Yes, well, here I am. I arrived late Tuesday afternoon and I’ve already had my first hangover. Damn that Vincent; he will be the death of me, or at least my liver.
It is so good of Vincent to put me up for the rest of my trip but my biggest dread is to be a burden during my stay. He’s got his own things to do and, well, I’ve a list of places to go and sights to see too. Art galleries don’t visit themselves. I am so grateful to Vincent for inviting – nay – allowing me into his home, but I don’t want to seem like I’m treating him like a hotel – which is exactly what I planned to do – but somehow I don’t think he will have much of a problem with that.
There are a few things I need to be wary of while I’m here, some basic house rules of doors that stay open and others that must remain closed, but they are all because of one thing – the cats. Vincent’s cats are, well, they don’t really look like cats; they’re more like pillows with eyes. They remind me of showground gonks… large showground gonks. There are three of the fluffy felines but there is so much cat hair covering the living room that I think there might have been a fourth that exploded. After spending time in Bendigo with four incredibly affectionate cats that enjoyed nothing more than lying on your tummy and obstructing your view of the telly, it’s a bit of a disappointment to now be with three – how does Vincent describe them? – “disturbed creatures” who scurry at my presence. If I’m lucky by the end of my trip I’ll be allowed to tickle one behind its ears.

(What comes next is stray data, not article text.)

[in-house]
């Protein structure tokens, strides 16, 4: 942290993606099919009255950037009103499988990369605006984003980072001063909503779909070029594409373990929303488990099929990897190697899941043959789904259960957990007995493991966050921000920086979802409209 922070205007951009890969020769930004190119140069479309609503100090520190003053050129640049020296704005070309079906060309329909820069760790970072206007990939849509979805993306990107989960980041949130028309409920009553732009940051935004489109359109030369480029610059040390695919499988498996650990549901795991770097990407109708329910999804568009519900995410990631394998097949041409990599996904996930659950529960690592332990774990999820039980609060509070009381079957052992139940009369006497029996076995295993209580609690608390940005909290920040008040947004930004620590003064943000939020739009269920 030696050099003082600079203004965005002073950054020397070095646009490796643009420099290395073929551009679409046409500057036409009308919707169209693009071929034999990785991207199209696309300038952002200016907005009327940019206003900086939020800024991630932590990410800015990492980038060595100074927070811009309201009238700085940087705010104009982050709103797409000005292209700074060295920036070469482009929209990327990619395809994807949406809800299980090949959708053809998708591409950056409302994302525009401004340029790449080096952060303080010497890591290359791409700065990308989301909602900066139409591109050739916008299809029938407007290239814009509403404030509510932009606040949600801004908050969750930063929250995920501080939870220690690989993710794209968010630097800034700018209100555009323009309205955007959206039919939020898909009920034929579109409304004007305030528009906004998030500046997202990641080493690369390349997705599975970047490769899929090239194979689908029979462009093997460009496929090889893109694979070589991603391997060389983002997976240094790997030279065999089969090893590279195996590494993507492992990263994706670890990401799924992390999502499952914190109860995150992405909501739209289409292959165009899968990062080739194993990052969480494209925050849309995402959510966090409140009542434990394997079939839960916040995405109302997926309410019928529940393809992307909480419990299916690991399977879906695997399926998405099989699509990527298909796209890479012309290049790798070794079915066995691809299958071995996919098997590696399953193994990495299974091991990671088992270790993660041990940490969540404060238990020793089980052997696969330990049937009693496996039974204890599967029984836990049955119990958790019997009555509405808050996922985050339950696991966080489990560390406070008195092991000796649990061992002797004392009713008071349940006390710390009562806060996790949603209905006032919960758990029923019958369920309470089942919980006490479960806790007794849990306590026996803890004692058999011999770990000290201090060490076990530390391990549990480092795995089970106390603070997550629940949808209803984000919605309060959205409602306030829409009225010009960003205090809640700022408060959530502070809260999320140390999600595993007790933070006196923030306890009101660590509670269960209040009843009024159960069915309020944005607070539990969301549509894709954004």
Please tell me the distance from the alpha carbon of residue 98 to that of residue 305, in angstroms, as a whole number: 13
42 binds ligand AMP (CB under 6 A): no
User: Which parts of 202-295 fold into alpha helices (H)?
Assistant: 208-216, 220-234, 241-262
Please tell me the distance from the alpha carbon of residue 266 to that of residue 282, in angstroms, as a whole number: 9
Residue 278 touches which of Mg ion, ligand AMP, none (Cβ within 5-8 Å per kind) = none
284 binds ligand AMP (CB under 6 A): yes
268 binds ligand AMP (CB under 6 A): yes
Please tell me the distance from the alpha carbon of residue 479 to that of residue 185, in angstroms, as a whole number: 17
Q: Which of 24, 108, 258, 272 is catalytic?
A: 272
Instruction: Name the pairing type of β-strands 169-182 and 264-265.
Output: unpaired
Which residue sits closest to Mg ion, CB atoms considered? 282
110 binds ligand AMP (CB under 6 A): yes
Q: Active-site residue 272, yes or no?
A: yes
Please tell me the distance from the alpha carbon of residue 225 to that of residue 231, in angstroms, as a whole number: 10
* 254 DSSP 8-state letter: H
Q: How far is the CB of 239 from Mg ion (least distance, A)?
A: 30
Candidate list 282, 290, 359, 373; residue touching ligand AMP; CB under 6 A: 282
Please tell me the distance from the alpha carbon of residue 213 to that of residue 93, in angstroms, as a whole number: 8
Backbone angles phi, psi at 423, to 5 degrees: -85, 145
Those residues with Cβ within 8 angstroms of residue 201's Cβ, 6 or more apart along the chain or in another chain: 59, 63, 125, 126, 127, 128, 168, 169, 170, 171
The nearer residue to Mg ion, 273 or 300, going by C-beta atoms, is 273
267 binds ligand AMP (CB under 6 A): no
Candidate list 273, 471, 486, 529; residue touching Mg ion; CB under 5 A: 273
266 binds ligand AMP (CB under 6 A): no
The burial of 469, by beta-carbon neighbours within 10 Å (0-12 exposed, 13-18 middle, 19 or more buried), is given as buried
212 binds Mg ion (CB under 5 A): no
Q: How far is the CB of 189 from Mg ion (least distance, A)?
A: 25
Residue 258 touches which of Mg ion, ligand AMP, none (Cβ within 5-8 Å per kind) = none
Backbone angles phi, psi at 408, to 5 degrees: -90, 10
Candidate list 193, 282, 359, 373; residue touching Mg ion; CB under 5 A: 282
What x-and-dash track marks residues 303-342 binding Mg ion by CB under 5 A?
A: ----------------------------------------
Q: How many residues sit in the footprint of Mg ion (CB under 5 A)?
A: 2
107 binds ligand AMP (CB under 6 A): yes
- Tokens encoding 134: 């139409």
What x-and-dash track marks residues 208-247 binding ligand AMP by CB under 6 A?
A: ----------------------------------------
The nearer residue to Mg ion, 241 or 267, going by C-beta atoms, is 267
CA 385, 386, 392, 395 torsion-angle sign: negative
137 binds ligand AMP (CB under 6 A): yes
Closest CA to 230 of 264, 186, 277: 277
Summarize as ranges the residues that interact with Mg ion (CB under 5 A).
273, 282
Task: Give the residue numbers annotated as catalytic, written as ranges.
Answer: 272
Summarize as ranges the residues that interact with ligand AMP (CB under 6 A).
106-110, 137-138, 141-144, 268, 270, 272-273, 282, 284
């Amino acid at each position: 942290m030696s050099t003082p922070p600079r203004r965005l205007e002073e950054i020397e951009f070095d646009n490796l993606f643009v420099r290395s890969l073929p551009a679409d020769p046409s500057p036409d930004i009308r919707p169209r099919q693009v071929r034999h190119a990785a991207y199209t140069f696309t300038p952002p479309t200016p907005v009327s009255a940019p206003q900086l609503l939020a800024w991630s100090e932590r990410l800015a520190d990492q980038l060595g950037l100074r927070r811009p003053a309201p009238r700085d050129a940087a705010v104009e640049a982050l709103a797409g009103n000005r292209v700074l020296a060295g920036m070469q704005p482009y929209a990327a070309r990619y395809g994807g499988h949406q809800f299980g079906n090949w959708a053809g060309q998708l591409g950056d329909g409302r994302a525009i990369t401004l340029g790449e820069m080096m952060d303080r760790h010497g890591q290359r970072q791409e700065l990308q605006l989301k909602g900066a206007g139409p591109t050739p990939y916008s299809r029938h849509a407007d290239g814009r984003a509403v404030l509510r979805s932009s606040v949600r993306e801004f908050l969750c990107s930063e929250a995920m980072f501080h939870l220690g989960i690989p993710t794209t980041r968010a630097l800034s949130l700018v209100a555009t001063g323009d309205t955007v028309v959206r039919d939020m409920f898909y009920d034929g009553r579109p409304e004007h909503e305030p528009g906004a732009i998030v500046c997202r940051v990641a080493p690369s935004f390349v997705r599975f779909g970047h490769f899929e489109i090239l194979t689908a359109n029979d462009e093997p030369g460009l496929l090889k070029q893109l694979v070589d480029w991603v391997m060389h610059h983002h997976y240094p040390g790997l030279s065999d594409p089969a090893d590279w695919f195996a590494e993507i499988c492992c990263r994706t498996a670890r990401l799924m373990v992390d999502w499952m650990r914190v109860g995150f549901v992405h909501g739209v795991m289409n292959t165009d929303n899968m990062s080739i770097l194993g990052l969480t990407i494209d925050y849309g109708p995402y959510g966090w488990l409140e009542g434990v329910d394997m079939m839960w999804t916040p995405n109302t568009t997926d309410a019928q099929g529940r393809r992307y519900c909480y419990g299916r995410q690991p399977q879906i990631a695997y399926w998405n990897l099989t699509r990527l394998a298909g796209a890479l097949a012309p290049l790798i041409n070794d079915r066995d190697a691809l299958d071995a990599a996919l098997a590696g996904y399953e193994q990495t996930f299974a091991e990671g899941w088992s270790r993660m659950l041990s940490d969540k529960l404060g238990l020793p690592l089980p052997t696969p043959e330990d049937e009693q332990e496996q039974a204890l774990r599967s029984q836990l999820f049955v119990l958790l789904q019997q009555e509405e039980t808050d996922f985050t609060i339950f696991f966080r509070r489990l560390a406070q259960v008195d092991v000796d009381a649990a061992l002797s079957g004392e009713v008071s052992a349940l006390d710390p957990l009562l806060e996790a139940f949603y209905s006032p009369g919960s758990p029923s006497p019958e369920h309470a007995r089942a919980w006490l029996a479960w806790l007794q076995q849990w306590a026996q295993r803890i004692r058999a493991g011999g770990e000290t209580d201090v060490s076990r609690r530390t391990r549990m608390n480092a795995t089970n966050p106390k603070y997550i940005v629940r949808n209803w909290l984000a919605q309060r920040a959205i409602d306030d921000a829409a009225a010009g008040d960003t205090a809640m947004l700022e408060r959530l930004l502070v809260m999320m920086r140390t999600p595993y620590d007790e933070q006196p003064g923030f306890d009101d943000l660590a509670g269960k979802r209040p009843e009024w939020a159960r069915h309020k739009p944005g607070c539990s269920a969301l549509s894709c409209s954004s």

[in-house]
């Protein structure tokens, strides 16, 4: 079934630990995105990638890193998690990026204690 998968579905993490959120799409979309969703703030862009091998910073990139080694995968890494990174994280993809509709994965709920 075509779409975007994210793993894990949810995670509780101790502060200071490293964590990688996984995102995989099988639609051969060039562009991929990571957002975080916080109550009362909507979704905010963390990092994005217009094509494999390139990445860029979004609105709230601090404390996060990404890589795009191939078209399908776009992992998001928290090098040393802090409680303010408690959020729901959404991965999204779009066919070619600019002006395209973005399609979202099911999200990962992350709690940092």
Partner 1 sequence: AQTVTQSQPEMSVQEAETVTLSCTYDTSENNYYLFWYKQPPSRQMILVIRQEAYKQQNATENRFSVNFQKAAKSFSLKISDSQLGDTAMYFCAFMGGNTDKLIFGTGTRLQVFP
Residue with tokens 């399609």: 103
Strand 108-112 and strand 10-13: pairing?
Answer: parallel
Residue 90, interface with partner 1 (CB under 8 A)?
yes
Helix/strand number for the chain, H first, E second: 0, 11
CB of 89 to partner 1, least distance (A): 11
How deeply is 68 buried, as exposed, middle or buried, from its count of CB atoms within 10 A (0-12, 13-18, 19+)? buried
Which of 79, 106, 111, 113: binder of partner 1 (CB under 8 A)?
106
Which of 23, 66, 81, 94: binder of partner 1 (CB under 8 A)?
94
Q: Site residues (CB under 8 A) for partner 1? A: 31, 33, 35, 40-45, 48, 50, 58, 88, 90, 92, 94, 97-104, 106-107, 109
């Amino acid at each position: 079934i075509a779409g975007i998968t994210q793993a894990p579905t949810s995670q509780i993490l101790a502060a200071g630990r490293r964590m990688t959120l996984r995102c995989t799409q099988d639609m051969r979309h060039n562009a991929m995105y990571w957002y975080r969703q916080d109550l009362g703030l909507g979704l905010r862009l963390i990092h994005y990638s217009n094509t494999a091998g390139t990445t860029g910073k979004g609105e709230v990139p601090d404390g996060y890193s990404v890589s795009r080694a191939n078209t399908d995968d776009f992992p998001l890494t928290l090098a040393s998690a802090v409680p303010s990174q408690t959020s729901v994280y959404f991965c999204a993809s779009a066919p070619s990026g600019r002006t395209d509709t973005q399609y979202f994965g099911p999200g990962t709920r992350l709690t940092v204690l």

Blake, Vincent’s partner of many years, and I are getting on far better than ever before. Not that we never didn’t get on but this trip we’re casually chatting and enjoying each other’s company. This is probably because he’s bought a Mac and so I at least understand some of the technogabble that comes out of his mouth. Blake knows – and I mean – knows computers, and I think he finds it difficult to understand that other people don’t. He reminds me of a Flanders and Swan routine about how to talk to scientists. You can’t say “hello” and “how are you?” and things like that; you have to talk in their language. So: “H2SO4, Professor. Don’t synthesise anything I wouldn’t synthesise! And the reciprocal of Pi to your good wife.” Blake’s a bit like that.
Tonight I am watching the fireworks from a room at the Hilton. The boys are already there but I didn’t want to start too early in the afternoon as it would mean that I would then be ending too early in the night. I have hopes to head for the Laird Hotel (men’s bar) after the fireworks, so I don’t want to be too messy, just happy. It’s now nearly 6.30; I’ll have a shower, put on a ravishing shirt, and walk out the door by 7. I’ll be at the party well before 8.
Happy New Year’s, everyone.